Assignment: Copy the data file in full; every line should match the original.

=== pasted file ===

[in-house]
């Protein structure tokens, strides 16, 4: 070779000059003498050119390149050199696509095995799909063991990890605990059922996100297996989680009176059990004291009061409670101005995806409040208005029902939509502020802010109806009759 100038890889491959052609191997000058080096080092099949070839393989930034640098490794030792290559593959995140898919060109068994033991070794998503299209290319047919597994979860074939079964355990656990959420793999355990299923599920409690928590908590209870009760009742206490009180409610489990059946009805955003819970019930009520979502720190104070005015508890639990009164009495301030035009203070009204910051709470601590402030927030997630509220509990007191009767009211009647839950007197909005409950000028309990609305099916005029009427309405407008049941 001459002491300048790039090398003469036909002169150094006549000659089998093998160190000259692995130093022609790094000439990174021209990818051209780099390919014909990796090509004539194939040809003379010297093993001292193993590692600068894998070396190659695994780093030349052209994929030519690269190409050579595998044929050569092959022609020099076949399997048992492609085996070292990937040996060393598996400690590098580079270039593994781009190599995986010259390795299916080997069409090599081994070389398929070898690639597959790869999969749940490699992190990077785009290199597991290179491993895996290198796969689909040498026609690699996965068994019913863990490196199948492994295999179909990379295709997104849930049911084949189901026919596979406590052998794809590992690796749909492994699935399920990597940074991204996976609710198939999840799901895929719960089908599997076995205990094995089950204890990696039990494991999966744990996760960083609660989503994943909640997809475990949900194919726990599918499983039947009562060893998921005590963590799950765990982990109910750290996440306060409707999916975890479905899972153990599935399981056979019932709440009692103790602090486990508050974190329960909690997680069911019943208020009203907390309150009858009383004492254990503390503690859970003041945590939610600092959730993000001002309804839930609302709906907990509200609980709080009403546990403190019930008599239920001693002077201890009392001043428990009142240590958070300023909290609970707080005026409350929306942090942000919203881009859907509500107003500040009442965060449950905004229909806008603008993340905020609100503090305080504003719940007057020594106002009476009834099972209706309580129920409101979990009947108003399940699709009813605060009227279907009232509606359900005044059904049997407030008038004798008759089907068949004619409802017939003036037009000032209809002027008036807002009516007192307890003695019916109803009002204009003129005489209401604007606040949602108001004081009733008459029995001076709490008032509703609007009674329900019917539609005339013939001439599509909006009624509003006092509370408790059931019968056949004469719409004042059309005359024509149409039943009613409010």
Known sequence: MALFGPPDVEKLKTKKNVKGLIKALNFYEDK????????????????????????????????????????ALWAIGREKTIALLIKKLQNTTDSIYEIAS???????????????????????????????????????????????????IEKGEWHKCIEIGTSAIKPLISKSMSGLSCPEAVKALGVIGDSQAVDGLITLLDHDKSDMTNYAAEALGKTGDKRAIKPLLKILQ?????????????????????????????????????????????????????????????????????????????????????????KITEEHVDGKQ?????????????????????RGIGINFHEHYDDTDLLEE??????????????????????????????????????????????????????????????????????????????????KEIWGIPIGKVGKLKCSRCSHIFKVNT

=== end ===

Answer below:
[in-house]
């Protein structure tokens, strides 16, 4: 070779000059003498050119390149050199696509095995799909063991990890605990059922996100297996989680009176059990004291009061409670101005995806409040208005029902939509502020802010109806009759 100038890889491959052609191997000058080096080092099949070839393989930034640098490794030792290559593959995140898919060109068994033991070794998503299209290319047919597994979860074939079964355990656990959420793999355990299923599920409690928590908590209870009760009742206490009180409610489990059946009805955003819970019930009520979502720190104070005015508890639990009164009495301030035009203070009204910051709470601590402030927030997630509220509990007191009767009211009647839950007197909005409950000028309990609305099916005029009427309405407008049941 001459002491300048790039090398003469036909002169150094006549000659089998093998160190000259692995130093022609790094000439990174021209990818051209780099390919014909990796090509004539194939040809003379010297093993001292193993590692600068894998070396190659695994780093030349052209994929030519690269190409050579595998044929050569092959022609020099076949399997048992492609085996070292990937040996060393598996400690590098580079270039593994781009190599995986010259390795299916080997069409090599081994070389398929070898690639597959790869999969749940490699992190990077785009290199597991290179491993895996290198796969689909040498026609690699996965068994019913863990490196199948492994295999179909990379295709997104849930049911084949189901026919596979406590052998794809590992690796749909492994699935399920990597940074991204996976609710198939999840799901895929719960089908599997076995205990094995089950204890990696039990494991999966744990996760960083609660989503994943909640997809475990949900194919726990599918499983039947009562060893998921005590963590799950765990982990109910750290996440306060409707999916975890479905899972153990599935399981056979019932709440009692103790602090486990508050974190329960909690997680069911019943208020009203907390309150009858009383004492254990503390503690859970003041945590939610600092959730993000001002309804839930609302709906907990509200609980709080009403546990403190019930008599239920001693002077201890009392001043428990009142240590958070300023909290609970707080005026409350929306942090942000919203881009859907509500107003500040009442965060449950905004229909806008603008993340905020609100503090305080504003719940007057020594106002009476009834099972209706309580129920409101979990009947108003399940699709009813605060009227279907009232509606359900005044059904049997407030008038004798008759089907068949004619409802017939003036037009000032209809002027008036807002009516007192307890003695019916109803009002204009003129005489209401604007606040949602108001004081009733008459029995001076709490008032509703609007009674329900019917539609005339013939001439599509909006009624509003006092509370408790059931019968056949004469719409004042059309005359024509149409039943009613409010």
Known sequence: MALFGPPDVEKLKTKKNVKGLIKALNFYEDK????????????????????????????????????????ALWAIGREKTIALLIKKLQNTTDSIYEIAS???????????????????????????????????????????????????IEKGEWHKCIEIGTSAIKPLISKSMSGLSCPEAVKALGVIGDSQAVDGLITLLDHDKSDMTNYAAEALGKTGDKRAIKPLLKILQ?????????????????????????????????????????????????????????????????????????????????????????KITEEHVDGKQ?????????????????????RGIGINFHEHYDDTDLLEE??????????????????????????????????????????????????????????????????????????????????KEIWGIPIGKVGKLKCSRCSHIFKVNT